The Latest: Hawaii volcano's sulfur dioxide threatens health

Volcanic gases and ash rise from recent lava fissures near Pahoa, Hawaii on Monday, May 14, 2018. People nixing vacations to Hawaii's Big island has cost the tourism industry millions of dollars as the top attraction, Kilauea volcano, keeps spewing lava. (AP Photo/Caleb Jones)
Volcanic gases and ash rise from recent lava fissures near Pahoa, Hawaii on Monday, May 14, 2018. The field of hardened lava rocks in the foreground is from previous eruptions. People nixing vacations to Hawaii's Big island has cost the tourism industry millions of dollars as the top attraction, Kilauea volcano, keeps spewing lava. (AP Photo/Caleb Jones)
In this May 13, 2018 frame from video released by the U.S. Geological Survey, gases rise from a fissure near Pahoa, Hawaii. The new fissure sent gases and lava exploding into the air, spurring officials to call for more evacuations as residents waited for a possible major eruption at Kilauea volcano's summit. (U.S. Geological Survey via AP)
Volcanic gases and ash rise from recent lava fissures near Pahoa, Hawaii on Monday, May 14, 2018. The field of hardened lava rocks in the foreground is from previous eruptions. People nixing vacations to Hawaii's Big island has cost the tourism industry millions of dollars as the top attraction, Kilauea volcano, keeps spewing lava. (AP Photo/Caleb Jones)
In this May 13, 2018 photo released by the U.S. Geological Survey, gases rise from a fissure near Pahoa, Hawaii. The new fissure in Hawaii's Puna District sent gases and lava exploding into the air, spurring officials to call for more evacuations as residents waited for a possible major eruption at Kilauea volcano's summit. (U.S. Geological Survey via AP)
Gases rise from lava fissure 17 after it erupted early Sunday, May 13 2018 near Pahoa, Hawaii.The new fissure emitting steam and lava spatter spurred Hawaii officials to call for more evacuations on Sunday as residents braced for an expected eruption from the Kilauea volcano. (AP Photo/Caleb Jones)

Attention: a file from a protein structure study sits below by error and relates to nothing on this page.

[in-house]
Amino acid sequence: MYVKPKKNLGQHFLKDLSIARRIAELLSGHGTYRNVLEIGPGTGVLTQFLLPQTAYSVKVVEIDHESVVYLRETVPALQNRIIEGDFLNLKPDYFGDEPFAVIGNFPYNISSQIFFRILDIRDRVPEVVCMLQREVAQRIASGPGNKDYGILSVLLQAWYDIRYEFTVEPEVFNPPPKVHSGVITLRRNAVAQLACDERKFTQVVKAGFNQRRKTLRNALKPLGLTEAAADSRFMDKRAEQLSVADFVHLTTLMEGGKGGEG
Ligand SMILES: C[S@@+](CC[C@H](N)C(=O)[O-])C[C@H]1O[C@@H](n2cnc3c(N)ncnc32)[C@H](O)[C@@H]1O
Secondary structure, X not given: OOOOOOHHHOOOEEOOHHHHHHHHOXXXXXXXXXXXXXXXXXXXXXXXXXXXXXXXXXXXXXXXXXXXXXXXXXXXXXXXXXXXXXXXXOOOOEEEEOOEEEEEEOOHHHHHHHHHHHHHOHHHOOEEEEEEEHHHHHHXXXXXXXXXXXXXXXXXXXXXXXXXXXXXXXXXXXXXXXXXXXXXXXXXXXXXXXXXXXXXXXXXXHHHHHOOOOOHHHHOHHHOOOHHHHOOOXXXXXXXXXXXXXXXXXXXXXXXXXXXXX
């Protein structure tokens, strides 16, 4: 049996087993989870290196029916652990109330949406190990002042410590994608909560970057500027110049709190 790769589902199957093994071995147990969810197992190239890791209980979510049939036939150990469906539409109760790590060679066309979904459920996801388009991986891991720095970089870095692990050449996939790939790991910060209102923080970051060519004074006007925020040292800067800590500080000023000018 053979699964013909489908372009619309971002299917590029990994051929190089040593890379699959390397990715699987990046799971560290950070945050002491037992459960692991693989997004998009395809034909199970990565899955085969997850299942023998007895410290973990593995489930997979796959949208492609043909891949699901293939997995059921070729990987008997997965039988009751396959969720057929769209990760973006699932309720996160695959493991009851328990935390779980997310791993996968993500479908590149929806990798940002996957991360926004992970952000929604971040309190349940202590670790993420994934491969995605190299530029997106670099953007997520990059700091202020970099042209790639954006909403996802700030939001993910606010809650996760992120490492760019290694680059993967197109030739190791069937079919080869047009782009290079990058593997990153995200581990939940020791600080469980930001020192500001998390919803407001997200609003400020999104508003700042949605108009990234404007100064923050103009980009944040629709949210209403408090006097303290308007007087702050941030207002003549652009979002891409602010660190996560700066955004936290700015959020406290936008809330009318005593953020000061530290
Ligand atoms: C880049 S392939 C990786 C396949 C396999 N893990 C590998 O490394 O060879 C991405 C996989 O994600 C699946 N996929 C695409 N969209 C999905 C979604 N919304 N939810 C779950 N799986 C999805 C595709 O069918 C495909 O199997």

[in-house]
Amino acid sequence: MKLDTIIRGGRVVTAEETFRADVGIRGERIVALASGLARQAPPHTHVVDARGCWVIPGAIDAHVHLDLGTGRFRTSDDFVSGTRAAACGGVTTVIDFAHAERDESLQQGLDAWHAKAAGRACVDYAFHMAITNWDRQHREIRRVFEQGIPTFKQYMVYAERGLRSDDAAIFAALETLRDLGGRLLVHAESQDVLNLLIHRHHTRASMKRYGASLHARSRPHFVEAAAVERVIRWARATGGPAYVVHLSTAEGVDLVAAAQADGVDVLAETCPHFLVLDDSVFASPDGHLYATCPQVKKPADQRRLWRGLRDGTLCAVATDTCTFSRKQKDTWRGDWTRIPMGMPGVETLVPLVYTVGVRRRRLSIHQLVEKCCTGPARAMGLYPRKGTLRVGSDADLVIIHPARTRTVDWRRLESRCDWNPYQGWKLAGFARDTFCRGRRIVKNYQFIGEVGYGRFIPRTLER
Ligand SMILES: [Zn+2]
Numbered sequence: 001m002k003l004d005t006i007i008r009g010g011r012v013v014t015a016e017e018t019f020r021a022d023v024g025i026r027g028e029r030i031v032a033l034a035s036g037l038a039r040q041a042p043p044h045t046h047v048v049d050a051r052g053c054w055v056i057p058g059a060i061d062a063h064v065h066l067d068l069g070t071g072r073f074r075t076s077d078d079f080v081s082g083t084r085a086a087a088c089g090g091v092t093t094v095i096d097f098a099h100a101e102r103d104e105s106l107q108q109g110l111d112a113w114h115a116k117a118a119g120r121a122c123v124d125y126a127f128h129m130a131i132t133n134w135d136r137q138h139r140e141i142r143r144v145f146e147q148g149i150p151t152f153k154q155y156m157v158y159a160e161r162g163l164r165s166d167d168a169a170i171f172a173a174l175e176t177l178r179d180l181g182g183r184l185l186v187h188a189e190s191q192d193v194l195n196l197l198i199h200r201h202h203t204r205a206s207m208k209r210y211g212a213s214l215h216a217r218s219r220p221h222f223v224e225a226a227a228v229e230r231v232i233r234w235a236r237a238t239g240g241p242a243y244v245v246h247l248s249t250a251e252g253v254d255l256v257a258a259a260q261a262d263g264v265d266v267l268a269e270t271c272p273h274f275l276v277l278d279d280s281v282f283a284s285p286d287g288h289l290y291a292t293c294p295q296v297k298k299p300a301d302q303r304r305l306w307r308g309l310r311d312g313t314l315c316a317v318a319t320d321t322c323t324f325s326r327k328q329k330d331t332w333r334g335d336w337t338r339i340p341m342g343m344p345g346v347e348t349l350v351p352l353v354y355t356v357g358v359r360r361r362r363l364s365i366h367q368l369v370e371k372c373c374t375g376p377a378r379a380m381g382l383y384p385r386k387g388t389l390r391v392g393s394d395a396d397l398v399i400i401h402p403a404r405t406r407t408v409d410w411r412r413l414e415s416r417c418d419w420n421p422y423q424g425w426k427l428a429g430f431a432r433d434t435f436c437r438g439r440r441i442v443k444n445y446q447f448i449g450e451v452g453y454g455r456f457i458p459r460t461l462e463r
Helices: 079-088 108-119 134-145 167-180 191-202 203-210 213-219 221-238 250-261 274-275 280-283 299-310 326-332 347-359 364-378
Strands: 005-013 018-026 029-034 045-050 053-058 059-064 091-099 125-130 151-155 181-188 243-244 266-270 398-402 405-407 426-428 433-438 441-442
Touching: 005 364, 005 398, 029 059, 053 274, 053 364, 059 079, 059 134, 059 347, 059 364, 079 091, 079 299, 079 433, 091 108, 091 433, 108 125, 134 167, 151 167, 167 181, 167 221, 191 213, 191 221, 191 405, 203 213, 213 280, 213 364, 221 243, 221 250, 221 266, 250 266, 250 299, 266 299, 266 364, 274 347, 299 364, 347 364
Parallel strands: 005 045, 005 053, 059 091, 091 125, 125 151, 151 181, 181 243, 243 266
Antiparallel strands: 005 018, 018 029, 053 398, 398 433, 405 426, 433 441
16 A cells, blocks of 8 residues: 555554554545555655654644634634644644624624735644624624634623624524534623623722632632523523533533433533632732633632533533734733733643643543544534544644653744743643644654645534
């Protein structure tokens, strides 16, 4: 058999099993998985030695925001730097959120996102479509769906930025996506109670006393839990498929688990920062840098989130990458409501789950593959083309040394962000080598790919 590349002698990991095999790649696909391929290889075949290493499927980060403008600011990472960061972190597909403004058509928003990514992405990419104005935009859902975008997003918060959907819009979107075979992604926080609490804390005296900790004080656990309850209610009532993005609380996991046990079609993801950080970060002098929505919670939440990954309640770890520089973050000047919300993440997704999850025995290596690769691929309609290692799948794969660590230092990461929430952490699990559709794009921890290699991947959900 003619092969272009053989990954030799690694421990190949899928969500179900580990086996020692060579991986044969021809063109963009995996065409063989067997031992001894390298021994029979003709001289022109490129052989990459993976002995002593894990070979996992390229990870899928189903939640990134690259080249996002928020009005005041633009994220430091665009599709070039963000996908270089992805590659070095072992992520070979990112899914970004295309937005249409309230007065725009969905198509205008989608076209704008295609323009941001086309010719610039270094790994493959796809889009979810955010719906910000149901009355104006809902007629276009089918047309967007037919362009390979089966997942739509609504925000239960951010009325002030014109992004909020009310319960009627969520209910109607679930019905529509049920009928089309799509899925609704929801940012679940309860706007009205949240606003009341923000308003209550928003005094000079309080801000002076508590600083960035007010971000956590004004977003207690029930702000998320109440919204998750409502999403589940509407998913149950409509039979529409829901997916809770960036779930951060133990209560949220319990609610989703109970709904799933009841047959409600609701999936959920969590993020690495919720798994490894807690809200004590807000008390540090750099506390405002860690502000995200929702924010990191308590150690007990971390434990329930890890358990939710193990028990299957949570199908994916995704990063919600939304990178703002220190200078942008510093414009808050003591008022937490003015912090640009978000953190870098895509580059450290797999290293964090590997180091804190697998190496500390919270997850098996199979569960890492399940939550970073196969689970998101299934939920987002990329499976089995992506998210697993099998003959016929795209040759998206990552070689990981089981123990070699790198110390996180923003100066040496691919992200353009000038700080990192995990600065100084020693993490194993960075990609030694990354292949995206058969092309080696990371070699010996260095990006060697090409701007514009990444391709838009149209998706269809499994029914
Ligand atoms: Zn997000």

Volcanic gases and ash rise from recent lava fissures near Pahoa, Hawaii on Monday, May 14, 2018. People nixing vacations to Hawaii's Big island has cost the tourism industry millions of dollars as the top attraction, Kilauea volcano, keeps spewing lava. (AP Photo/Caleb Jones)
Volcanic gases and ash rise from recent lava fissures near Pahoa, Hawaii on Monday, May 14, 2018. The field of hardened lava rocks in the foreground is from previous eruptions. People nixing vacations to Hawaii's Big island has cost the tourism industry millions of dollars as the top attraction, Kilauea volcano, keeps spewing lava. (AP Photo/Caleb Jones)

PAHOA, Hawaii — The Latest on the eruption of Kilauea volcano on the Big Island of Hawaii (all times local):

5 p.m.

Officials on the Big Island of Hawaii say some vents formed by Kilauea volcano are releasing such high levels of sulfur dioxide that the gas poses an immediate danger to anyone nearby.

Hawaii County Civil Defense said Monday the gas may cause choking. It says people may be unable to breathe if exposed.

The county says the warnings apply to an area near the vents in the southeast section of the Lanipuna Gardens neighborhood and surrounding farm lots.